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Should we regulate financial information?

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  • Kurlat, Pablo
  • Veldkamp, Laura

Abstract

Regulations that require asset issuers to disclose payoff-relevant information to potential buyers are often called “investor protection.” But even when they improve real economic efficiency, such regulations may still harm investors. By making payoffs less uncertain, information reduces risk and therefore reduces return. Similarly, real efficiency gains benefit only asset issuers, who can always choose to disclose. Providing information improves investors' welfare only when 1) issuers strategically manipulate the asset supply to obfuscate information, or 2) the information induces firms to take on riskier investments. Using a portfolio choice model with information markets, the paper explores which types of assets might warrant investor protection.

Suggested Citation

  • Kurlat, Pablo & Veldkamp, Laura, 2015. "Should we regulate financial information?," Journal of Economic Theory, Elsevier, vol. 158(PB), pages 697-720.
  • Handle: RePEc:eee:jetheo:v:158:y:2015:i:pb:p:697-720
    DOI: 10.1016/j.jet.2015.02.005
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    Citations

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    Cited by:

    1. Goldstein, Itay & Yang, Liyan, 2019. "Good disclosure, bad disclosure," Journal of Financial Economics, Elsevier, vol. 131(1), pages 118-138.
    2. Marta Allegra Ronchetti, 2018. "What if I knew you did it? An analysis of preliminary ratings’ disclosure under competition," Discussion Papers 2018/09, University of Nottingham, Centre for Finance, Credit and Macroeconomics (CFCM).
    3. Bai, Jennie & Philippon, Thomas & Savov, Alexi, 2016. "Have financial markets become more informative?," Journal of Financial Economics, Elsevier, vol. 122(3), pages 625-654.
    4. Jeon, Doh-Shin & Lovo, Stefano, 2013. "Credit rating industry: A helicopter tour of stylized facts and recent theories," International Journal of Industrial Organization, Elsevier, vol. 31(5), pages 643-651.
    5. Thomas Gehrig & Werner Güth & René Levínský, 2016. "On the Value of Transparency and Information Acquisition in Bargaining," German Economic Review, Verein für Socialpolitik, vol. 17(3), pages 337-358, August.
    6. Nicolás Figueroa & Oksana Leukhina & Carlos Ramirez, "undated". "Imperfect Information Transmission from Banks to Investors: Macroeconomic Implications," Working Papers 2018-18, Federal Reserve Bank of St. Louis, revised 05 Dec 2019.
    7. Pavan, Alessandro & Vives, Xavier, 2015. "Information, Coordination, and Market Frictions: An Introduction," Journal of Economic Theory, Elsevier, vol. 158(PB), pages 407-426.
    8. Stenzel, André & Wagner, Wolf, 2015. "Opacity and Liquidity," CEPR Discussion Papers 10665, C.E.P.R. Discussion Papers.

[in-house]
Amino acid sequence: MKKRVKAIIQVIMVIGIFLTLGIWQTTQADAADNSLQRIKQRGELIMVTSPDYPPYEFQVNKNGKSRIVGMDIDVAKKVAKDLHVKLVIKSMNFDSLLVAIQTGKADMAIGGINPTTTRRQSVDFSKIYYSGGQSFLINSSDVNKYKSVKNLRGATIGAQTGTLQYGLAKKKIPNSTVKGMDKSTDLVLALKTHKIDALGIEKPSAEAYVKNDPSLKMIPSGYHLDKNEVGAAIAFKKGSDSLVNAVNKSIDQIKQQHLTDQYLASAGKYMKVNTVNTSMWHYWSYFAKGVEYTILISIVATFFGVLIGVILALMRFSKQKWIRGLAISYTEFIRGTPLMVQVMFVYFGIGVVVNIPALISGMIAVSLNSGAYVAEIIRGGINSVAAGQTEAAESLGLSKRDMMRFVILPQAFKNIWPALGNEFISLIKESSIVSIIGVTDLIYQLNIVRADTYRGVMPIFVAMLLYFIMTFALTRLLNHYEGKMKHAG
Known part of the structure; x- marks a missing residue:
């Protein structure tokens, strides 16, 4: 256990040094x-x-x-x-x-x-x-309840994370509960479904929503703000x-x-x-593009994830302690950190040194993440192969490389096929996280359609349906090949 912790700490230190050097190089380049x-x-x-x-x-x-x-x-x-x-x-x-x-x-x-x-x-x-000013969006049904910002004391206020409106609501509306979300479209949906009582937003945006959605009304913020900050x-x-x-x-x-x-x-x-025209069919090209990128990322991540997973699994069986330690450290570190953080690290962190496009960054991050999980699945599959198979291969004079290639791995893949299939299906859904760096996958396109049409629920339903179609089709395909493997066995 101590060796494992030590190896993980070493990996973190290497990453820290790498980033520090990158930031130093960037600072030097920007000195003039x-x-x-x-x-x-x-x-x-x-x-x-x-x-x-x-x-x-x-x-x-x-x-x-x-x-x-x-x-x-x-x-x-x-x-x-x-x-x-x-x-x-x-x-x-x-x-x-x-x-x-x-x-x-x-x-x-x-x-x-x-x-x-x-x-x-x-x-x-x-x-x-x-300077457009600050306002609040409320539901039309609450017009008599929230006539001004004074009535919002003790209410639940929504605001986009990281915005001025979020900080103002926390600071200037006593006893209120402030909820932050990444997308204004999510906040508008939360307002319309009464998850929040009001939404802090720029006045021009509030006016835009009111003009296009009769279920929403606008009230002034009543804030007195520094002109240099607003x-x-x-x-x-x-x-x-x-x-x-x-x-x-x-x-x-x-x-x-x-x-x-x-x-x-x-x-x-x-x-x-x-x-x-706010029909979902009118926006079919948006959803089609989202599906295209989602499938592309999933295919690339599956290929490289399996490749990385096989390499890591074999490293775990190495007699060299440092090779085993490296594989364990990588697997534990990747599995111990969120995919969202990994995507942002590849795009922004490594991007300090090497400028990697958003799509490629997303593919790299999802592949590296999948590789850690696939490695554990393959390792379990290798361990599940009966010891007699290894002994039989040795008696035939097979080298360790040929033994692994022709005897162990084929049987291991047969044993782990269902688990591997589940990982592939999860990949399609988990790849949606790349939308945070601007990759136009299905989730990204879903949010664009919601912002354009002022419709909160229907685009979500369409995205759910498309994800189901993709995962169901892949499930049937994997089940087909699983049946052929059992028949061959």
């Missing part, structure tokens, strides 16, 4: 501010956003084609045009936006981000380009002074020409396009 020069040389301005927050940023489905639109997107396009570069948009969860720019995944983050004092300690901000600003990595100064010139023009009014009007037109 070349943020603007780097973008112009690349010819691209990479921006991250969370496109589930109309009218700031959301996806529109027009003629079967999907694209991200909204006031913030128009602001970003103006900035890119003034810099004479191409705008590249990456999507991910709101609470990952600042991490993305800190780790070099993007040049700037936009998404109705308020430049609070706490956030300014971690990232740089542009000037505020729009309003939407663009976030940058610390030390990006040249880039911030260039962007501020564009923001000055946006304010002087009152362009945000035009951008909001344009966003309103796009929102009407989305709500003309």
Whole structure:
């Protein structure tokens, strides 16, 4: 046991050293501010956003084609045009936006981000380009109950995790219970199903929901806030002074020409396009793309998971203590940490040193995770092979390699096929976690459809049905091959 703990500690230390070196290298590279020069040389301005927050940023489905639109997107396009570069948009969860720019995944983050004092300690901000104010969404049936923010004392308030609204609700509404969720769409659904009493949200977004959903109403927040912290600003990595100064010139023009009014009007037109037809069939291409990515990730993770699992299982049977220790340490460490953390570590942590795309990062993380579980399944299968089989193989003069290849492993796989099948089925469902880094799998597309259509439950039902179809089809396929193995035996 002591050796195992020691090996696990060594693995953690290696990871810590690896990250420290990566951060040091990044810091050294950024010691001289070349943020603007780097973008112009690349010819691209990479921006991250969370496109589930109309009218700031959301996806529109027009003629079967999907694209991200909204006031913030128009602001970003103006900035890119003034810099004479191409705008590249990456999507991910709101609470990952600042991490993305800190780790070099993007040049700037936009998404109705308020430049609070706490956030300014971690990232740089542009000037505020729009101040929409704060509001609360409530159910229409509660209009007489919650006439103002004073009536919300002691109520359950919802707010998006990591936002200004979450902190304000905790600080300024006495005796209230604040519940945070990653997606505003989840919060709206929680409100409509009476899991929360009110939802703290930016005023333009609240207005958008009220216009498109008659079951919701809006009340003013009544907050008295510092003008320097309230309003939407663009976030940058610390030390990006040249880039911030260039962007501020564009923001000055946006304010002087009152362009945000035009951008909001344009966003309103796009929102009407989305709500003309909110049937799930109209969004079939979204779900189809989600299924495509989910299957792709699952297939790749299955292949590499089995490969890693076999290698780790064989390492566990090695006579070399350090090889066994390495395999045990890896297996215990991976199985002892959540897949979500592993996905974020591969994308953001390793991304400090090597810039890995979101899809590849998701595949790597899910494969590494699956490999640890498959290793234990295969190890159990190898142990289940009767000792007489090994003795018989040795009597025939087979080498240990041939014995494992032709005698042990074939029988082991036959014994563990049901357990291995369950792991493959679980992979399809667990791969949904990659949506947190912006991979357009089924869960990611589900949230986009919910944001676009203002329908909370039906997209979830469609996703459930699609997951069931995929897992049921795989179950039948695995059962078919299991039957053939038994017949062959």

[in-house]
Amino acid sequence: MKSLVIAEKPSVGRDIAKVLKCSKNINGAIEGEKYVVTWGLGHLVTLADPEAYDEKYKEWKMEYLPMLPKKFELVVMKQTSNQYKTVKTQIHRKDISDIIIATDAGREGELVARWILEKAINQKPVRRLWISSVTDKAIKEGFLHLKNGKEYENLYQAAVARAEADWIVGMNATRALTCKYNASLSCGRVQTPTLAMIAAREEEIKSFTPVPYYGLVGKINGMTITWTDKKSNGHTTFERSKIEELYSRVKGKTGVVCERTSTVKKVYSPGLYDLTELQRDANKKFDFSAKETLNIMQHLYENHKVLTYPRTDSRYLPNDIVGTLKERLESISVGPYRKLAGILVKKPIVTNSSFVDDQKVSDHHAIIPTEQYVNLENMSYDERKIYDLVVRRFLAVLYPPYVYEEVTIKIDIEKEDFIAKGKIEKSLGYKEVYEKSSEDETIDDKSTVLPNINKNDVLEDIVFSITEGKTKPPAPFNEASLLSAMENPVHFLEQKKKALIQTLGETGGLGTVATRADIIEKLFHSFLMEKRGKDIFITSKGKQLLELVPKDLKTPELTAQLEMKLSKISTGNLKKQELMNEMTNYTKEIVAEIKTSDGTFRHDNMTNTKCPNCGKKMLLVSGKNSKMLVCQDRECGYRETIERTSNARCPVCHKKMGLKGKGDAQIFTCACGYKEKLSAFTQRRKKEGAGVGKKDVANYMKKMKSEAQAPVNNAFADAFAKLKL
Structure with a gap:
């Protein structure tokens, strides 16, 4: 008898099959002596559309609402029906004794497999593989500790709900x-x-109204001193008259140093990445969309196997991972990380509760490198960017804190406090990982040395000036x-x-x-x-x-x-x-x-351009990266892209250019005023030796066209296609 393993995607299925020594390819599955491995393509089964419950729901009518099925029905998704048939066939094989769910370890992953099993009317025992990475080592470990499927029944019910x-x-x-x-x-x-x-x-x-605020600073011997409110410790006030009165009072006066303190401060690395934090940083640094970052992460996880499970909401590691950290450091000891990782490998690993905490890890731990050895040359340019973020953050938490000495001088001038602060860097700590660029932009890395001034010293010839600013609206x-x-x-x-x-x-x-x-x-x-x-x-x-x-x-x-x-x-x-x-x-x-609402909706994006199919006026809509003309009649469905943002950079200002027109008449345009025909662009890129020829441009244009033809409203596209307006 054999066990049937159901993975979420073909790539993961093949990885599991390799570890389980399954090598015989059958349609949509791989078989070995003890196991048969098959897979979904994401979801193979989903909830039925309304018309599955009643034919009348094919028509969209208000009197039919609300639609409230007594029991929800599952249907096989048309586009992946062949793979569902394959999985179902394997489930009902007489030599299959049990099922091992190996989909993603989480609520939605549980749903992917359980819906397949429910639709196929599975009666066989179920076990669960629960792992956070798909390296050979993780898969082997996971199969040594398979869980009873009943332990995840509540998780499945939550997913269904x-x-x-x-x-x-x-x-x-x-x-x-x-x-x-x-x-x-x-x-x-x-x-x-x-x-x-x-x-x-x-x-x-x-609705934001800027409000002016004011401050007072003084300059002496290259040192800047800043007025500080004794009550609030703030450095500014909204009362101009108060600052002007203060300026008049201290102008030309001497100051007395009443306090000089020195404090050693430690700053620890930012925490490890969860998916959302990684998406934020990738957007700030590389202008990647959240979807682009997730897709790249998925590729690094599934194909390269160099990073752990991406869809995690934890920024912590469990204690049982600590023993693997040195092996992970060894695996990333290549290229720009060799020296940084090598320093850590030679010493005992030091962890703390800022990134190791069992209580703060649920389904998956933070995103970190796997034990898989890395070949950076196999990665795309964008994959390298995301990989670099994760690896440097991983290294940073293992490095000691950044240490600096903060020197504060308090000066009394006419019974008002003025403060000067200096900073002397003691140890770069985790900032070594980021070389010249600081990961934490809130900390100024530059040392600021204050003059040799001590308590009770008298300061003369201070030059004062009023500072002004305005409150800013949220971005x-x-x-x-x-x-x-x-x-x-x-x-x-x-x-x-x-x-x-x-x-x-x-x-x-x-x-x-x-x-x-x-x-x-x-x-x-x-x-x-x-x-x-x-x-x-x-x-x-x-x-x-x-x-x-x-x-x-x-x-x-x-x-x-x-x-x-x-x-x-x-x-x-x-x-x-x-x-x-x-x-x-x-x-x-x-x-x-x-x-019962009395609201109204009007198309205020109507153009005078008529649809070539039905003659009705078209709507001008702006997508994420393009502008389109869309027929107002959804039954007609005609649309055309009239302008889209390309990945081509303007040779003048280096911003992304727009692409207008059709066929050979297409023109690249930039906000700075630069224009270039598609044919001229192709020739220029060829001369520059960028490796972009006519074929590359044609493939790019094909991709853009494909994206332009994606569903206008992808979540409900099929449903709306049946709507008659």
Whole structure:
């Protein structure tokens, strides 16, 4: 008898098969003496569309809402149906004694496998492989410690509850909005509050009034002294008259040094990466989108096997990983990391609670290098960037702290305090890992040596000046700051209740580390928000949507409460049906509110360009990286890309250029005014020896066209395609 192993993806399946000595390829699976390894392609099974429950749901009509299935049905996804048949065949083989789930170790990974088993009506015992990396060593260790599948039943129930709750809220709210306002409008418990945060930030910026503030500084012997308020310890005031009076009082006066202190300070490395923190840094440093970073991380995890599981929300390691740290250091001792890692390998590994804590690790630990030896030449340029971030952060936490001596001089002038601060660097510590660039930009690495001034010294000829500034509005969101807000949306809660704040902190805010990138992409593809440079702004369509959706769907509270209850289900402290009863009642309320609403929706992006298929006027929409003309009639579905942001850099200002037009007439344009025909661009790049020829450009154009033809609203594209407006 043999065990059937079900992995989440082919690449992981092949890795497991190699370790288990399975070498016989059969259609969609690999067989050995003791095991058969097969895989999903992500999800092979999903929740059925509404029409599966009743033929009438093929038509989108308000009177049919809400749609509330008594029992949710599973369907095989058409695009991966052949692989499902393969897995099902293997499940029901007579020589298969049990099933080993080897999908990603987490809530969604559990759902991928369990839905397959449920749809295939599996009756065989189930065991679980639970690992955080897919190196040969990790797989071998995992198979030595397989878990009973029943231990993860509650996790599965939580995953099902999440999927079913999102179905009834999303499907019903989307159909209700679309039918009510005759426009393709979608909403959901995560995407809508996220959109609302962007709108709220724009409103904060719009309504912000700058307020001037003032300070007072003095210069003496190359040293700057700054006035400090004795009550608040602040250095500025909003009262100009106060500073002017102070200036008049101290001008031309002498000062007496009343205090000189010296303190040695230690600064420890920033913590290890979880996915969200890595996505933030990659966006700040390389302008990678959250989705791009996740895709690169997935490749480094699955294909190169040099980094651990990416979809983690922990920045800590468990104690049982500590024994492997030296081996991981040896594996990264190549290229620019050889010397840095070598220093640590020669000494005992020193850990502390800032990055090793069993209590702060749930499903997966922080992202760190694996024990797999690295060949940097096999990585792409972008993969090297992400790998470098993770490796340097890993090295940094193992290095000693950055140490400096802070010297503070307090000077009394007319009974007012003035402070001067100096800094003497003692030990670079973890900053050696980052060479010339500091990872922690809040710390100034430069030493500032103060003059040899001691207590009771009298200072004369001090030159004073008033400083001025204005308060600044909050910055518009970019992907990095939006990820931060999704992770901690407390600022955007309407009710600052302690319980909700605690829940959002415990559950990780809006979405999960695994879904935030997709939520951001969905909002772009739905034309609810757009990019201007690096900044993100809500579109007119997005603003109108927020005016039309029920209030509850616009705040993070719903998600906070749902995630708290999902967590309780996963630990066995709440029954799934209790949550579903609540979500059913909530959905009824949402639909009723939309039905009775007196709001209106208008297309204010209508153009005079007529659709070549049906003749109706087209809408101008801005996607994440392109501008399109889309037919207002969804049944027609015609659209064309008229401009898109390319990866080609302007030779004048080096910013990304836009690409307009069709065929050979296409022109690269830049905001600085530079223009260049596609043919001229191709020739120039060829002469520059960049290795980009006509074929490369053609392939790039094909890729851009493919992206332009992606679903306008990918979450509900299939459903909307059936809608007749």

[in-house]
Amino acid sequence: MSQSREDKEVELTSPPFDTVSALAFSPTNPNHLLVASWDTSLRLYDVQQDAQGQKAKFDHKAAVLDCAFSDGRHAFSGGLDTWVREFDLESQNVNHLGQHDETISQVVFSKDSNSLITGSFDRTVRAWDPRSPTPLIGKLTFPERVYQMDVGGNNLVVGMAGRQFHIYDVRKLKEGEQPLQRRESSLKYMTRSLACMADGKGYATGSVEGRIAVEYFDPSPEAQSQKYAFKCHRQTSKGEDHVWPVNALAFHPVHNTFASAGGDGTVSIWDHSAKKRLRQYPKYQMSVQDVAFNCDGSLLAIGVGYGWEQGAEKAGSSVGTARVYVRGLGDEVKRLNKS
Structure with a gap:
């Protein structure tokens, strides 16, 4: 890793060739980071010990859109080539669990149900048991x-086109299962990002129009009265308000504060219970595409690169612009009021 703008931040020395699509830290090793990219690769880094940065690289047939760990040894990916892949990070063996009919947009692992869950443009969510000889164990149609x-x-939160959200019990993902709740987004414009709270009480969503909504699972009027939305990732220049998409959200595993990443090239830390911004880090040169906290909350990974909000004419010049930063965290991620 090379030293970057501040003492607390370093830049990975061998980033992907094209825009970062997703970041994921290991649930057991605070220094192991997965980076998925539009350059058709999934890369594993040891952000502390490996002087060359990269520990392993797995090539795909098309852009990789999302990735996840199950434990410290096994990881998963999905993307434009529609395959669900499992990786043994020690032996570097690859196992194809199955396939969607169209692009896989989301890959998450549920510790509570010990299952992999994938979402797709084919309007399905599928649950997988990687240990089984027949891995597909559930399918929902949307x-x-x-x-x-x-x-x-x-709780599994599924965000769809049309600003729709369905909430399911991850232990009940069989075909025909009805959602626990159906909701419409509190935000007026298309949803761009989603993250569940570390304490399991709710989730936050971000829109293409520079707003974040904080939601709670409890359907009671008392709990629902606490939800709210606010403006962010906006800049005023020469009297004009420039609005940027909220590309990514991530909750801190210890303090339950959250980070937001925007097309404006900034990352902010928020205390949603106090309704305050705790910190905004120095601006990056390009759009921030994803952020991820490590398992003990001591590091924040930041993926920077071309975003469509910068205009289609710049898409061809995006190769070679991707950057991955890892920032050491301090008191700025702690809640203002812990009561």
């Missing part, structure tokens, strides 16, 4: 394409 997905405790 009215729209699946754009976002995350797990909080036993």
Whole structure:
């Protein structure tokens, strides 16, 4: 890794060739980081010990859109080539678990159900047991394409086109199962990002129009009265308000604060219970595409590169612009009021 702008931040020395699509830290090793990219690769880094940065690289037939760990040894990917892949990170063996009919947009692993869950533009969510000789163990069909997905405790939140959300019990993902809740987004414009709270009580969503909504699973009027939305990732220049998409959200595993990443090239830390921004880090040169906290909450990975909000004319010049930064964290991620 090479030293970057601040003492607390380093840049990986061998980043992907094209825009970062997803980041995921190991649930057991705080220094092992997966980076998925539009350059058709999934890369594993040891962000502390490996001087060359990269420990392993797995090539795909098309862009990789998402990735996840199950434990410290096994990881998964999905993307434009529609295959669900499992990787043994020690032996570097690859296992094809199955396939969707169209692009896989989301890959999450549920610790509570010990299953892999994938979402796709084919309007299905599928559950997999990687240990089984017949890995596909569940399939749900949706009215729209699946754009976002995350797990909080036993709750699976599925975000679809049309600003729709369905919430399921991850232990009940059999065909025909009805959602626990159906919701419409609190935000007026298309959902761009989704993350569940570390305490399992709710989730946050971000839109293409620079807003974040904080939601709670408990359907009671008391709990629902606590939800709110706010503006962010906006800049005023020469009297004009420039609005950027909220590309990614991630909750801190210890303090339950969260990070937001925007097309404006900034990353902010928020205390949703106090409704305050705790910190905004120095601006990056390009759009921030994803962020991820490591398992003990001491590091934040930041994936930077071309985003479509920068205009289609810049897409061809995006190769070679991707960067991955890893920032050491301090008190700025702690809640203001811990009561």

9. Savitar Sundaresan & Jaromir Nosal & Marcin Kacperczyk, 2017. "Market Power and Informational Efficiency," 2017 Meeting Papers 356, Society for Economic Dynamics.
    10. Rahi, Rohit & Zigrand, Jean-Pierre, 2018. "Information acquisition, price informativeness, and welfare," Journal of Economic Theory, Elsevier, vol. 177(C), pages 558-593.
    11. Donaldson, Jason Roderick & Piacentino, Giorgia, 2018. "Contracting to compete for flows," Journal of Economic Theory, Elsevier, vol. 173(C), pages 289-319.
    12. Boleslavsky, Raphael & Kelly, David L. & Taylor, Curtis R., 2017. "Selloffs, bailouts, and feedback: Can asset markets inform policy?," Journal of Economic Theory, Elsevier, vol. 169(C), pages 294-343.
    13. Benhabib, Jess & Liu, Xuewen & Wang, Pengfei, 2016. "Sentiments, financial markets, and macroeconomic fluctuations," Journal of Financial Economics, Elsevier, vol. 120(2), pages 420-443.
    14. Dutta, Sunil & Nezlobin, Alexander, 2017. "Information disclosure, firm growth, and the cost of capital," Journal of Financial Economics, Elsevier, vol. 123(2), pages 415-431.
    15. Glode, Vincent & Opp, Christian C. & Zhang, Xingtan, 2018. "Voluntary disclosure in bilateral transactions," Journal of Economic Theory, Elsevier, vol. 175(C), pages 652-688.

    More about this item

    Keywords

    Information markets; Social value of public information; Financial regulation;

    JEL classification:

    • E5 - Macroeconomics and Monetary Economics - - Monetary Policy, Central Banking, and the Supply of Money and Credit
    • E6 - Macroeconomics and Monetary Economics - - Macroeconomic Policy, Macroeconomic Aspects of Public Finance, and General Outlook
    • D8 - Microeconomics - - Information, Knowledge, and Uncertainty

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